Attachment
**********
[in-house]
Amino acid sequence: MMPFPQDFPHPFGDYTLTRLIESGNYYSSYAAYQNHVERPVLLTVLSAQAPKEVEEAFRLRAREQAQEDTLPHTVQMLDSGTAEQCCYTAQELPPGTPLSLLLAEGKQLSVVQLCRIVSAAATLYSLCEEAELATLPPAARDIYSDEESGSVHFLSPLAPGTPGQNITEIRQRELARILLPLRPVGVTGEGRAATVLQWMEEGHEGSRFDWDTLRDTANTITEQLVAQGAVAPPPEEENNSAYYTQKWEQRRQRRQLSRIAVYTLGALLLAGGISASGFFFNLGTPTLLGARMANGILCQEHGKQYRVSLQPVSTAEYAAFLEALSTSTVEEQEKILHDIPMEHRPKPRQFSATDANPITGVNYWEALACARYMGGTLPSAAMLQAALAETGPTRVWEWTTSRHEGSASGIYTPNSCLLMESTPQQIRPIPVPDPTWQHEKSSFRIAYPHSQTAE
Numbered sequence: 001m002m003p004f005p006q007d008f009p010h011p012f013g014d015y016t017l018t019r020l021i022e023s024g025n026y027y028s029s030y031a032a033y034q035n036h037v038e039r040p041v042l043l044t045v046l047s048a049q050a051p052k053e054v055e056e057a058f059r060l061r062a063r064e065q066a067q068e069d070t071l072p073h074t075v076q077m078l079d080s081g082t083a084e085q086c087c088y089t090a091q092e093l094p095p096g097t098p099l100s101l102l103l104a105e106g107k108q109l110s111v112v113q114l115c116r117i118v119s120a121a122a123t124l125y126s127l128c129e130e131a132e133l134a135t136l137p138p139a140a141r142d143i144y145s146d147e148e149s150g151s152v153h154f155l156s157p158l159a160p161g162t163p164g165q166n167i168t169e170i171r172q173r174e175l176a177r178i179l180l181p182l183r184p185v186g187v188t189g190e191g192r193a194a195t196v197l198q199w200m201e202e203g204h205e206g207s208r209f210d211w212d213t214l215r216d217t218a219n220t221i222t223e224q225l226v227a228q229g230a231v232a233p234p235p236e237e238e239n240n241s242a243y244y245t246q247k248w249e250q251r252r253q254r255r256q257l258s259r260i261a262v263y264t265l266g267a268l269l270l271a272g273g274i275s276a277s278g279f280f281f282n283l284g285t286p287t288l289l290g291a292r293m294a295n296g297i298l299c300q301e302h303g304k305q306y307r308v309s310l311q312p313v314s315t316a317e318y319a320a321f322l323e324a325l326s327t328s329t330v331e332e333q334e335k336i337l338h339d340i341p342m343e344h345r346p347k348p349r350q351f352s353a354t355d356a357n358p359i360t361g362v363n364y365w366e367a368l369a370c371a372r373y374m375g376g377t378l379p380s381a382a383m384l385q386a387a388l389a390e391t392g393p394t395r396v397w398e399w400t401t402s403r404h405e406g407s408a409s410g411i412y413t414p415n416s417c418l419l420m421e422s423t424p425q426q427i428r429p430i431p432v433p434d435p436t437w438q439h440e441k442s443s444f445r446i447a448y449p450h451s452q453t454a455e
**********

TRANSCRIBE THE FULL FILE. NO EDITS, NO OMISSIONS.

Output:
[in-house]
Amino acid sequence: MMPFPQDFPHPFGDYTLTRLIESGNYYSSYAAYQNHVERPVLLTVLSAQAPKEVEEAFRLRAREQAQEDTLPHTVQMLDSGTAEQCCYTAQELPPGTPLSLLLAEGKQLSVVQLCRIVSAAATLYSLCEEAELATLPPAARDIYSDEESGSVHFLSPLAPGTPGQNITEIRQRELARILLPLRPVGVTGEGRAATVLQWMEEGHEGSRFDWDTLRDTANTITEQLVAQGAVAPPPEEENNSAYYTQKWEQRRQRRQLSRIAVYTLGALLLAGGISASGFFFNLGTPTLLGARMANGILCQEHGKQYRVSLQPVSTAEYAAFLEALSTSTVEEQEKILHDIPMEHRPKPRQFSATDANPITGVNYWEALACARYMGGTLPSAAMLQAALAETGPTRVWEWTTSRHEGSASGIYTPNSCLLMESTPQQIRPIPVPDPTWQHEKSSFRIAYPHSQTAE
Numbered sequence: 001m002m003p004f005p006q007d008f009p010h011p012f013g014d015y016t017l018t019r020l021i022e023s024g025n026y027y028s029s030y031a032a033y034q035n036h037v038e039r040p041v042l043l044t045v046l047s048a049q050a051p052k053e054v055e056e057a058f059r060l061r062a063r064e065q066a067q068e069d070t071l072p073h074t075v076q077m078l079d080s081g082t083a084e085q086c087c088y089t090a091q092e093l094p095p096g097t098p099l100s101l102l103l104a105e106g107k108q109l110s111v112v113q114l115c116r117i118v119s120a121a122a123t124l125y126s127l128c129e130e131a132e133l134a135t136l137p138p139a140a141r142d143i144y145s146d147e148e149s150g151s152v153h154f155l156s157p158l159a160p161g162t163p164g165q166n167i168t169e170i171r172q173r174e175l176a177r178i179l180l181p182l183r184p185v186g187v188t189g190e191g192r193a194a195t196v197l198q199w200m201e202e203g204h205e206g207s208r209f210d211w212d213t214l215r216d217t218a219n220t221i222t223e224q225l226v227a228q229g230a231v232a233p234p235p236e237e238e239n240n241s242a243y244y245t246q247k248w249e250q251r252r253q254r255r256q257l258s259r260i261a262v263y264t265l266g267a268l269l270l271a272g273g274i275s276a277s278g279f280f281f282n283l284g285t286p287t288l289l290g291a292r293m294a295n296g297i298l299c300q301e302h303g304k305q306y307r308v309s310l311q312p313v314s315t316a317e318y319a320a321f322l323e324a325l326s327t328s329t330v331e332e333q334e335k336i337l338h339d340i341p342m343e344h345r346p347k348p349r350q351f352s353a354t355d356a357n358p359i360t361g362v363n364y365w366e367a368l369a370c371a372r373y374m375g376g377t378l379p380s381a382a383m384l385q386a387a388l389a390e391t392g393p394t395r396v397w398e399w400t401t402s403r404h405e406g407s408a409s410g411i412y413t414p415n416s417c418l419l420m421e422s423t424p425q426q427i428r429p430i431p432v433p434d435p436t437w438q439h440e441k442s443s444f445r446i447a448y449p450h451s452q453t454a455e